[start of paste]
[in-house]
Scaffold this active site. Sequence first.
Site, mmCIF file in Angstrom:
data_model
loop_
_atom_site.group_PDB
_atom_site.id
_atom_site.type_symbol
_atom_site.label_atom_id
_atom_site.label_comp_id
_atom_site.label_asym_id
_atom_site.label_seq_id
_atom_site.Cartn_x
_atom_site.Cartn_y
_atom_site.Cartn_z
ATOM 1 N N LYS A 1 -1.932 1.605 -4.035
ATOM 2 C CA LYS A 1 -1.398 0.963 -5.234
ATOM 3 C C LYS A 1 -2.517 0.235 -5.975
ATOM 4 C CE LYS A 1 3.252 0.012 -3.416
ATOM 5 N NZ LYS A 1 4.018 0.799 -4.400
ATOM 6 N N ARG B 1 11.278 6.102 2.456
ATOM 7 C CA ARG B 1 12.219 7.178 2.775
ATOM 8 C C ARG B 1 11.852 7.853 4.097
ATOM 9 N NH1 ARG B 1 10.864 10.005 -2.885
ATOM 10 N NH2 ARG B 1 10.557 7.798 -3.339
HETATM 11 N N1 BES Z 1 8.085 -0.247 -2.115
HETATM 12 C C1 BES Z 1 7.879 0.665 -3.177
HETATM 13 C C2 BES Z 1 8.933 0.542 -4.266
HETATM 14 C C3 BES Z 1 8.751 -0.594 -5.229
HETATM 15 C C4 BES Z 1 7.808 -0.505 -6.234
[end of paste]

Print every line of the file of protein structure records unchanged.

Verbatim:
[in-house]
Scaffold this active site. Sequence first.
Site, mmCIF file in Angstrom:
data_model
loop_
_atom_site.group_PDB
_atom_site.id
_atom_site.type_symbol
_atom_site.label_atom_id
_atom_site.label_comp_id
_atom_site.label_asym_id
_atom_site.label_seq_id
_atom_site.Cartn_x
_atom_site.Cartn_y
_atom_site.Cartn_z
ATOM 1 N N LYS A 1 -1.932 1.605 -4.035
ATOM 2 C CA LYS A 1 -1.398 0.963 -5.234
ATOM 3 C C LYS A 1 -2.517 0.235 -5.975
ATOM 4 C CE LYS A 1 3.252 0.012 -3.416
ATOM 5 N NZ LYS A 1 4.018 0.799 -4.400
ATOM 6 N N ARG B 1 11.278 6.102 2.456
ATOM 7 C CA ARG B 1 12.219 7.178 2.775
ATOM 8 C C ARG B 1 11.852 7.853 4.097
ATOM 9 N NH1 ARG B 1 10.864 10.005 -2.885
ATOM 10 N NH2 ARG B 1 10.557 7.798 -3.339
HETATM 11 N N1 BES Z 1 8.085 -0.247 -2.115
HETATM 12 C C1 BES Z 1 7.879 0.665 -3.177
HETATM 13 C C2 BES Z 1 8.933 0.542 -4.266
HETATM 14 C C3 BES Z 1 8.751 -0.594 -5.229
HETATM 15 C C4 BES Z 1 7.808 -0.505 -6.234